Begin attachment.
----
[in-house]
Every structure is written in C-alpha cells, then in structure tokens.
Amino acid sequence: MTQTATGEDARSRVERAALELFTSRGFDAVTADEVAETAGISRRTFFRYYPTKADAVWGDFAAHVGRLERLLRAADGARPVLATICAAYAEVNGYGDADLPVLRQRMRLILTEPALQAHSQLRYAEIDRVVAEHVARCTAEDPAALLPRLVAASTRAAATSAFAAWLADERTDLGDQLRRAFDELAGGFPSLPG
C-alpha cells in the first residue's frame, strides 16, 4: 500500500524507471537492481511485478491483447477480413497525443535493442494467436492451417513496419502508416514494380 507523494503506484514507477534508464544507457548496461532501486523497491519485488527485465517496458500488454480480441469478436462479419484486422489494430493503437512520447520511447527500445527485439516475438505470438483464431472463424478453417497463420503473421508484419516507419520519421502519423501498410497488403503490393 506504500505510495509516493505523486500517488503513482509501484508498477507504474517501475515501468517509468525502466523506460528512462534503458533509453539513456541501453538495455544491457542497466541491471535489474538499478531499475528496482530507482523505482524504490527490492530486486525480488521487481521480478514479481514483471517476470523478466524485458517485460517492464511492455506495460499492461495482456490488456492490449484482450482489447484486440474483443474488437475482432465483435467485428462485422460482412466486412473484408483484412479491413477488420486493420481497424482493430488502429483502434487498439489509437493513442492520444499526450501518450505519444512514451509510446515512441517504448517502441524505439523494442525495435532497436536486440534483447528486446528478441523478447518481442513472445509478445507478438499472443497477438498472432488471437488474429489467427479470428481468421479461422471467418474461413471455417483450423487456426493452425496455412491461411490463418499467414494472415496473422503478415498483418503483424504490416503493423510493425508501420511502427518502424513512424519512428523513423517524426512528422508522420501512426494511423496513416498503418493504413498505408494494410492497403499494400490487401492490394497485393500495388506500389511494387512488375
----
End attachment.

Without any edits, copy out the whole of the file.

[in-house]
Every structure is written in C-alpha cells, then in structure tokens.
Amino acid sequence: MTQTATGEDARSRVERAALELFTSRGFDAVTADEVAETAGISRRTFFRYYPTKADAVWGDFAAHVGRLERLLRAADGARPVLATICAAYAEVNGYGDADLPVLRQRMRLILTEPALQAHSQLRYAEIDRVVAEHVARCTAEDPAALLPRLVAASTRAAATSAFAAWLADERTDLGDQLRRAFDELAGGFPSLPG
C-alpha cells in the first residue's frame, strides 16, 4: 500500500524507471537492481511485478491483447477480413497525443535493442494467436492451417513496419502508416514494380 507523494503506484514507477534508464544507457548496461532501486523497491519485488527485465517496458500488454480480441469478436462479419484486422489494430493503437512520447520511447527500445527485439516475438505470438483464431472463424478453417497463420503473421508484419516507419520519421502519423501498410497488403503490393 506504500505510495509516493505523486500517488503513482509501484508498477507504474517501475515501468517509468525502466523506460528512462534503458533509453539513456541501453538495455544491457542497466541491471535489474538499478531499475528496482530507482523505482524504490527490492530486486525480488521487481521480478514479481514483471517476470523478466524485458517485460517492464511492455506495460499492461495482456490488456492490449484482450482489447484486440474483443474488437475482432465483435467485428462485422460482412466486412473484408483484412479491413477488420486493420481497424482493430488502429483502434487498439489509437493513442492520444499526450501518450505519444512514451509510446515512441517504448517502441524505439523494442525495435532497436536486440534483447528486446528478441523478447518481442513472445509478445507478438499472443497477438498472432488471437488474429489467427479470428481468421479461422471467418474461413471455417483450423487456426493452425496455412491461411490463418499467414494472415496473422503478415498483418503483424504490416503493423510493425508501420511502427518502424513512424519512428523513423517524426512528422508522420501512426494511423496513416498503418493504413498505408494494410492497403499494400490487401492490394497485393500495388506500389511494387512488375